The Americans by Robert Frank

In 1955 Robert Frank started a year-long journey across the USA with the intention of photographing America. He ended up taking 27,000 photographs which he would eventually edit down to 83 images that would fill his monograph, “The Americans”.

Surprisingly the volume was published in France first in 1958 and then in the U.S. in 1959 with an introduction by beat poet and writer Jack Kerouac. Today the volume is essential viewing for those who consider themselves serious photographers.

On its publication, it was not well received because Frank captured the country in a largely unglamorous way. Minor White, the photographer said the work was a “…degradation of a nation”. Frank also eschewed the technical rules of photography taking shots that were out of focus, under or overexposed and framed in what seemed an erratic manner. There also seems to be lack of shadow detail and the grain in some images is almost overpowering. Yet there is a visceral power in his photographs, they show a side of the USA that publications like Life and Harpers Bazaar didn’t.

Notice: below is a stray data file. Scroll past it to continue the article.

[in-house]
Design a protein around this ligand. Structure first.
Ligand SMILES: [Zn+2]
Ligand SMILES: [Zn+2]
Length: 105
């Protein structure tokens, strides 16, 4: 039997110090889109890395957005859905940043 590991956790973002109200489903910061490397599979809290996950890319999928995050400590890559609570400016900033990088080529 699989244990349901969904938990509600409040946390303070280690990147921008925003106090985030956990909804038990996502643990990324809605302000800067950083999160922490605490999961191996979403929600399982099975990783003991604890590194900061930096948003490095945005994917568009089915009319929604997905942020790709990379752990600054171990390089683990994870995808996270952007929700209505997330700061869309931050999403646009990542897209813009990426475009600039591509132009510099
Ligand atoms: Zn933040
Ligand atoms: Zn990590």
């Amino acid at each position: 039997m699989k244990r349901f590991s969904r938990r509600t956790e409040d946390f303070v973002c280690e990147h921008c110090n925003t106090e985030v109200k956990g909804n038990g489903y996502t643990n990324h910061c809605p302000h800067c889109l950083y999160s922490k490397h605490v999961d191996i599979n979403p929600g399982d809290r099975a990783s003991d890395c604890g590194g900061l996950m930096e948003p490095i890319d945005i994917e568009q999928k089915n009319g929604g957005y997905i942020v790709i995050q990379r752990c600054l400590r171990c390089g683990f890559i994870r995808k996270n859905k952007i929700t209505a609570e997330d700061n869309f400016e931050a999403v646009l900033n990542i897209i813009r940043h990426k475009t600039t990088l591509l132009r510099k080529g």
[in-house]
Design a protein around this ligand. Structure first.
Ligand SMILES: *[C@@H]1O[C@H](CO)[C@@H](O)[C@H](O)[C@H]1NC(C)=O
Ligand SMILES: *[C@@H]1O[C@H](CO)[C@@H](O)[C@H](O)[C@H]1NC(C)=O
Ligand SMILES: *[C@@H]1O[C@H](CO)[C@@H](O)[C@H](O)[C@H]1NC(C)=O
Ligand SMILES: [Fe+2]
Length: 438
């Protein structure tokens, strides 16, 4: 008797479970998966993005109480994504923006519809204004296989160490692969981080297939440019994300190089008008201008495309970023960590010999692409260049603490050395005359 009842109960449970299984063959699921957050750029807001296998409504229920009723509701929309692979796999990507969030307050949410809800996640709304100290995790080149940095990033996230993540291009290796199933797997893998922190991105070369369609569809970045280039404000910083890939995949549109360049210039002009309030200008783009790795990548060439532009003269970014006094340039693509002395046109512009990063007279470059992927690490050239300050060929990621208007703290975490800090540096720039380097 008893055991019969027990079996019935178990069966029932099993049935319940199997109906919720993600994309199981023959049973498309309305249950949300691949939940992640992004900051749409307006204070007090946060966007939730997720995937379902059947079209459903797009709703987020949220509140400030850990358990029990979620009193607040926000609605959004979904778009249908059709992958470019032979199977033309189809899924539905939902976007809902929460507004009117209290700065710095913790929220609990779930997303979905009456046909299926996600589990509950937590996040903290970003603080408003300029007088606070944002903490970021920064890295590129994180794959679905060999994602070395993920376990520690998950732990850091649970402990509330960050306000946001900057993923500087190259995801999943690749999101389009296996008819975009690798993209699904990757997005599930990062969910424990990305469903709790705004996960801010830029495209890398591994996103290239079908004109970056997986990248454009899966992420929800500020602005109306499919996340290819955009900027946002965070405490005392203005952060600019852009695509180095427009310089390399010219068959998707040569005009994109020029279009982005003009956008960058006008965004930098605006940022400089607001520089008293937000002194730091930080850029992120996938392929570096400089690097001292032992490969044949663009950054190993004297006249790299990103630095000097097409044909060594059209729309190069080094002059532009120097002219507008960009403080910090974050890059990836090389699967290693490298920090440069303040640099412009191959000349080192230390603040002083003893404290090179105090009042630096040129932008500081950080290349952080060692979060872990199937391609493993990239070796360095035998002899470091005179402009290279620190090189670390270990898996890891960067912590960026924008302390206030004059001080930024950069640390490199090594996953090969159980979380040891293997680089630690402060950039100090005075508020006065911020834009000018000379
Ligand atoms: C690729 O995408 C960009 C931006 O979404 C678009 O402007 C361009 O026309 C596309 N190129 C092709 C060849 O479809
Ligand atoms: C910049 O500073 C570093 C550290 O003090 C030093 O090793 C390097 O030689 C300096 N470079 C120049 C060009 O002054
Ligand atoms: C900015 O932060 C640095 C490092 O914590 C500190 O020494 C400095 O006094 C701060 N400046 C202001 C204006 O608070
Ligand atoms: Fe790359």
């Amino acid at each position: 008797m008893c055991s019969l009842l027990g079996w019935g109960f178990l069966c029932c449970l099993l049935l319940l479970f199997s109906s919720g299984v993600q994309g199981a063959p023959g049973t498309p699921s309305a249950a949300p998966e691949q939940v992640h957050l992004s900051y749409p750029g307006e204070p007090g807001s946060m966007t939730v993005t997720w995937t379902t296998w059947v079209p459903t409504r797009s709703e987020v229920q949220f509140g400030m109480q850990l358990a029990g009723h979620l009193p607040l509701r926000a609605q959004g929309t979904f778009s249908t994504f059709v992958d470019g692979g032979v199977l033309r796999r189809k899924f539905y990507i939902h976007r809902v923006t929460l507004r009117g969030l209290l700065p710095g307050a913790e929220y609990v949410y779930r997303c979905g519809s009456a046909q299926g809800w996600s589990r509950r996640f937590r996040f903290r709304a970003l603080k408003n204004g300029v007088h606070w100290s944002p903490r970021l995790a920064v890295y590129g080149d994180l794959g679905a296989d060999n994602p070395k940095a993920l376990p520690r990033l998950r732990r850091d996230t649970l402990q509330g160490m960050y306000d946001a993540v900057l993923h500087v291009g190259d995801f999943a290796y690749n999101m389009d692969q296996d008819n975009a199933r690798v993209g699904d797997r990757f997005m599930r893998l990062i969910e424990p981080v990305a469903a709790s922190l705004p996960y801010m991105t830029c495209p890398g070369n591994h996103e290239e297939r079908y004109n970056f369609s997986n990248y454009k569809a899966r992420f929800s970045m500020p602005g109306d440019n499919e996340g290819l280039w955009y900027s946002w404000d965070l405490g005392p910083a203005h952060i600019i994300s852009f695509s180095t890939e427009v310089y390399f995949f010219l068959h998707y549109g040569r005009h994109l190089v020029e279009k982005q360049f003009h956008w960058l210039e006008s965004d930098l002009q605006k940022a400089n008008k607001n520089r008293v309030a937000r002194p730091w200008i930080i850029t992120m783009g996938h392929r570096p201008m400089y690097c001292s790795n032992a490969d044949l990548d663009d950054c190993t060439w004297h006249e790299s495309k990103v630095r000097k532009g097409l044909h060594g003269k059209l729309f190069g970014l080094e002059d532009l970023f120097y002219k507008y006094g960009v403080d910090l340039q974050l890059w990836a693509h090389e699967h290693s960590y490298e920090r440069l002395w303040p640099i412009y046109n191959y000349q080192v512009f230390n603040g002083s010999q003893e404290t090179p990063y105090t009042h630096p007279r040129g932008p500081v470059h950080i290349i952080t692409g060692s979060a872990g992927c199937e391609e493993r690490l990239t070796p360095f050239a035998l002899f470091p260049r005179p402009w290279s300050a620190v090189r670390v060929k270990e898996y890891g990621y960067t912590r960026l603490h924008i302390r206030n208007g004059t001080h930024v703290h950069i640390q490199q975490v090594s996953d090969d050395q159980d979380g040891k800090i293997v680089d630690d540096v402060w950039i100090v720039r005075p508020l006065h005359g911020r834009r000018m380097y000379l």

I have always intended to buy the book and finally, I did. I wasn’t disappointed, the images are amazing. However, if you are looking for examples of photography that adhere to the “rules” then this is not the book to buy. But if you are looking for a masterful view into the American psyche of the 1950s then you should order it now.

Be warned however it is not an easy monograph to get immediately absorbed in. The whole book needs to be seen as a whole and I initially found it difficult to find the patterns, the nuances that are in the book and each turn of the page brings a different subject that can be a little bewildering and unconnected.

However, I found the book called “Robert Frank’s “The Americans”: The Art of Documentary Photography by Jonathan Day, and his excellent writing style took me through Frank’s book.
Day lays bare the stories, details and more importantly the thinking behind the photographs so that what could be seen as excellent but unconnected series of images, become a cohesive and coherent ground-breaking monograph. If you buy The Americans, buy Day’s book too.

 

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